Lyrically, Williams found herself inspired by being on her own for the first time after moving to Los Angeles to record the album (“Be Alone,” “Ain’t It Fun”) and the effect it has on her loved ones (“Still Into You”). Then there’s “Last Hope,” which Williams considers a song the band was always meant to write. “There were moments over the last year and a half that I really was just hanging by a thread,” she says. “I felt like my purpose was gone. The song is about how I crawled out of it.” On the flipside is “Fast In My Car,” which Williams says “is the story of the three of us as friends. We got to this place where it was like, ‘Let’s make it easy on ourselves by just being open and honest and having a good time hanging out as a band.’ When I hear that song, I think about us all piling into a car and going out on the town.” That camaraderie is something that Paramore has striven for ever since they formed in Nashville in 2004 when they were teenagers. Since releasing their gold-certified debut All We Know Is Falling in 2005, the 3x-Grammy-nominated band has shot to international stardom thanks to a strong connection with its fans that has translated into a string of platinum and gold singles, including “Misery Business,” “Crushcrushcrush,” and “That’s What You Get” from 2007’s platinum-certified Riot!, “Decode” from 2008’s Twilight soundtrack, “The Only Exception” from 2009’s platinum Brand New Eyes, and “Monster” from 2011’s Transformers: Dark of the Moon soundtrack. It’s also led to a series of sold-out arena tours, including headlining the 2010 Honda Civic Tour and multiple visits to Europe, Asia, Australia, New Zealand, and South America.
More than anything, Williams, Davis, and York are ready to get back on the road. “Our connection with our fans is the most important thing to us,” Davis says. “I’m really excited to get back into the swing of it and feel that energy coming from the audience.” They also can’t wait to hear how the fans react to the new songs. “We really mean it when we say this album feels like the record our band was always supposed to make,” York says. Which is why they’ve chosen to self-title it. Says Williams: “We felt that the best way to give it a name was just to call it what it is. This album is us.”
Paramore is out now and features the Top 15 hit single “Still Into You.” The band will embark on “The Self-Titled Tour,” a major US headline arena tour including their very first headline Madison Square Garden date, beginning October 15.
Hailing from Ocala, Florida, A DAY TO REMEMBER is one of the hardest working bands in the business. They have sold nearly 900,000 albums since forming in 2003. While topping the Billboard charts, they have also sold out entire continental tours all over the world.The band’s latest album “What Separates Me From You” on Victory Records debuted at # 11 on the Billboard Top 200 selling over 58,000 copies first week and the first single off the album, the guitar-charged anthem “All I Want” was one of 2011’s most played songs at alternative radio. The album also debuted as the # 1 Rock Album in the UK. The band featuring vocalist Jeremy Mckinnon, guitarists Neil Westfall and Kevin Skaff, bassist Joshua Woodard and drummer Alex Shelnutt not only sold out nearly every date on their headline tour supporting the new album, they did it all around the world – UK, Europe, Australia, Southeast Asia, South America and more. The band headlined the Warped Tour in summer 2011 to record crowds. The band has been a mainstay on the major worldwide festivals including Soundwave (Australia), Bamboozle (US), Rock am Ring / Park (Germany), Redding Leeds (UK), Download (UK) and KROQ’s Weenie Roast (US), among others. A Day To Remember was MTV Buzzworthy’s “Breakthrough Band Of The Year” in 2011. The band has performed on Jimmy Kimmel Live (ABC), Hoppus On Music (Fuse) with their songs used in television programming as diverse as MTV’s Jersey Shore and ESPN. They have graced magazine covers worldwide in Alternative Press, Kerrang, Rock Sound, Blunt and have been featured in USA Today, Billboard Magazine, Guitar World and others.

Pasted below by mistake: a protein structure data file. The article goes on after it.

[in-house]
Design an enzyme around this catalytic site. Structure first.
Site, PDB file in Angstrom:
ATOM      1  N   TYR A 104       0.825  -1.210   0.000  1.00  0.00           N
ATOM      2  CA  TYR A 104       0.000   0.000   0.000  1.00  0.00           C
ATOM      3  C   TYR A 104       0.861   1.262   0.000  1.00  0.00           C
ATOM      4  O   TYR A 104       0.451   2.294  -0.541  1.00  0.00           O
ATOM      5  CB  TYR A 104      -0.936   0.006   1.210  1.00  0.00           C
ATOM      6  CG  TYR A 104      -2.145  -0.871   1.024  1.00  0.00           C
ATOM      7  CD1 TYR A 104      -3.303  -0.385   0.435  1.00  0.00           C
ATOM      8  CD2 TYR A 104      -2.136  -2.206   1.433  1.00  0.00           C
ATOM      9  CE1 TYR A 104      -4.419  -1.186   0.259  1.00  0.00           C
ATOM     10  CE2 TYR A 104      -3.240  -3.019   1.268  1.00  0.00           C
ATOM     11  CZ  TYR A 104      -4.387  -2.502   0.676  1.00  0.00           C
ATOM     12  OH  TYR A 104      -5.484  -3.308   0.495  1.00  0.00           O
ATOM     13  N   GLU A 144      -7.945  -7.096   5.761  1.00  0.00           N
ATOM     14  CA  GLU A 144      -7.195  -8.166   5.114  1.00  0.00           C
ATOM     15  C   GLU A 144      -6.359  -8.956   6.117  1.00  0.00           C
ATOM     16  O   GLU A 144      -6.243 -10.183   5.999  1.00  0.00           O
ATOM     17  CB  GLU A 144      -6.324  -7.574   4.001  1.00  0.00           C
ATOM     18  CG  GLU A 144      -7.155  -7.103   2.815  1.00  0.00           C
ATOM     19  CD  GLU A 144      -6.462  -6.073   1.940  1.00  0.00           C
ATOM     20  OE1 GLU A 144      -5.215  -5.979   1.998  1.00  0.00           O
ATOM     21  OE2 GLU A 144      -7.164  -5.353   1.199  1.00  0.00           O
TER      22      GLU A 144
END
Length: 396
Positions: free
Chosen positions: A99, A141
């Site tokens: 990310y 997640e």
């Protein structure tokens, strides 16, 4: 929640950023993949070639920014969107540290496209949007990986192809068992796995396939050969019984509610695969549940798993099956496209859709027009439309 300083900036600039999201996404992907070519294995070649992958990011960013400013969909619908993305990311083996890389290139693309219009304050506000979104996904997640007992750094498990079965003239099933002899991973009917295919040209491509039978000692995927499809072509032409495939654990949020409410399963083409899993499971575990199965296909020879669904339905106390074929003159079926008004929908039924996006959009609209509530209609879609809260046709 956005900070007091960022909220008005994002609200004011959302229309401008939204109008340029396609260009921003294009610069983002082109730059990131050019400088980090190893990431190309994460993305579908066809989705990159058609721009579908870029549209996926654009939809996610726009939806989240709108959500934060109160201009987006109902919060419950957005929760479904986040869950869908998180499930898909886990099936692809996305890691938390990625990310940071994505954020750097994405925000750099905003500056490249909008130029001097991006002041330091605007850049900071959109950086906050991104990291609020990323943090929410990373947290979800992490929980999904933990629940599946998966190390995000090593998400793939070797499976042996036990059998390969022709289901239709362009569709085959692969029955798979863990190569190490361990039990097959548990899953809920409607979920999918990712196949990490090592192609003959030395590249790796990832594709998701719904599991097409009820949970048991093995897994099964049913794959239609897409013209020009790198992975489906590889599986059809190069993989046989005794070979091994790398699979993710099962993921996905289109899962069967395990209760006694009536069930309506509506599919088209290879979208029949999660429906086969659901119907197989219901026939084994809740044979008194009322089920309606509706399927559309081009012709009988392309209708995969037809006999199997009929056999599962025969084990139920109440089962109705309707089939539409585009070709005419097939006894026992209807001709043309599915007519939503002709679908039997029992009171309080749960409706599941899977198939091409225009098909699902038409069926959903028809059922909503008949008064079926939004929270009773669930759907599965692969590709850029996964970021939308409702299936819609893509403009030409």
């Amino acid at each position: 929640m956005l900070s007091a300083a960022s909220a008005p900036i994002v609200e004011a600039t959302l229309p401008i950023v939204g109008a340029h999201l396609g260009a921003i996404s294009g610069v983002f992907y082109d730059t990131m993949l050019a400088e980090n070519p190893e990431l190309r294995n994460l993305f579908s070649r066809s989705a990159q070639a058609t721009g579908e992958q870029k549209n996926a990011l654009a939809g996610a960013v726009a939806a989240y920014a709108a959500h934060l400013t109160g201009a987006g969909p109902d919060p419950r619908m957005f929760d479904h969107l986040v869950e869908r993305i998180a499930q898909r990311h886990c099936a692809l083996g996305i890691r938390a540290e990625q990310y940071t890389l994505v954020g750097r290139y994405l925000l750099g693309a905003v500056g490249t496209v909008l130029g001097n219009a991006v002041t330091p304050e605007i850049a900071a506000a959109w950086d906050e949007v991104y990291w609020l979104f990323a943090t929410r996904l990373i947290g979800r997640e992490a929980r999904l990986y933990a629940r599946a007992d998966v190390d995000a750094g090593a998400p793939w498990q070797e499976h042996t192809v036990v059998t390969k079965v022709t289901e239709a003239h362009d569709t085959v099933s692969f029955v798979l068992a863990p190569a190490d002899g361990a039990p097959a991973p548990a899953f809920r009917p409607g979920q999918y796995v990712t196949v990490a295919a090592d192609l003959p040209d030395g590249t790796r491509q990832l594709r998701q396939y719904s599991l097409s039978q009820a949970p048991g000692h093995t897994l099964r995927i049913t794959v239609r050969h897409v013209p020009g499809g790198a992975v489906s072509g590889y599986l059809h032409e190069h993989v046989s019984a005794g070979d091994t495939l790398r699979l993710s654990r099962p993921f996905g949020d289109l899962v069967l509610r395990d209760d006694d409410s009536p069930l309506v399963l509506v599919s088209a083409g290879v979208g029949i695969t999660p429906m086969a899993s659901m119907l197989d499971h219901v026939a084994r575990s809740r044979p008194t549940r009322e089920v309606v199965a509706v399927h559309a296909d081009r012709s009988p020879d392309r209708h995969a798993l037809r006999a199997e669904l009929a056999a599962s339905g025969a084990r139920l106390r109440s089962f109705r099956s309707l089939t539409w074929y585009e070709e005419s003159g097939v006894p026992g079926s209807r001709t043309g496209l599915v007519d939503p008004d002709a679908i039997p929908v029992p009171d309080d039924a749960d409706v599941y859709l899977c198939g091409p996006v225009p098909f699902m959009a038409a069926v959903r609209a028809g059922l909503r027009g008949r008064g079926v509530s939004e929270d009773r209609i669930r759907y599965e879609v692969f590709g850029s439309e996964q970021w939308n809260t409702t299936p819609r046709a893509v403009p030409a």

Now three years into their existence, the post-hardcore quintet Sleeping With Sirens continue to evolve and mature as artists, gradually shaping their unmistakable blend of fury and melody into a sound that’s wholly their own. The band’s new five-song acoustic EP, If You Were a Movie, This Would Be Your Soundtrack, presents another crucial step on the band’s ongoing journey toward
their sonic destiny.
Featuring three new cuts as well as two previously recorded songs radically re-arranged for the acoustic setting, the EP showcases the group in a different venue than their usual, high-volume environment, while also giving new subtlety to the re-recorded tracks. Sleeping With Sirens are famous for their informal acoustic shows—usually performed outside venues for fans after gigs—and now that magic has been captured for listeners everywhere to enjoy.
“We wanted to put out a record you can listen to while chilling at night and kind of winding down, or while doing your homework, or of you want to have some quality time with your girl or your guy. We wanted to give fans an album to listen to then, instead of just something that’s always in your face and heavy,” explains vocalist Kellin Quinn. “We don’t want our band to be defined to a certain sound or theme; we want to be able to dabble in everything and accomplish different styles of music. This acoustic album was a way for us to grow up and show people that.”
Sleeping With Sirens—which also includes guitarists Jesse Lawson and Jack Fowler, bassist Justin Hills and drummer Gabe Barham—was formed in 2009. The Grand Rapids, Mich.-based group’s first album for Rise Records, With Ears To See And Eyes To Hear, debuted in March 2010 at #7 on Billboard's “Top Heatseekers” chart, and at #36 on “Top Independent Albums.” Guitarists Nick Trombino and Brandon McMaster departed after the album, and were later replaced by Lawson and Fowler, who first appeared on the retooled band’s second album, Let's Cheers To This. Released in May 2011, the record peaked at #78 on Billboard’s “Top 200” chart, as well as #13 on “Top Independent Albums” and #5 in “Hard Rock.” The band has toured extensively, sharing stages with fellow scene stalwarts like We Came As Romans, Falling In Reverse, Alesana, A Skylit Drive, Blessthefall, Emmure, For All Those Sleeping and Motionless In White.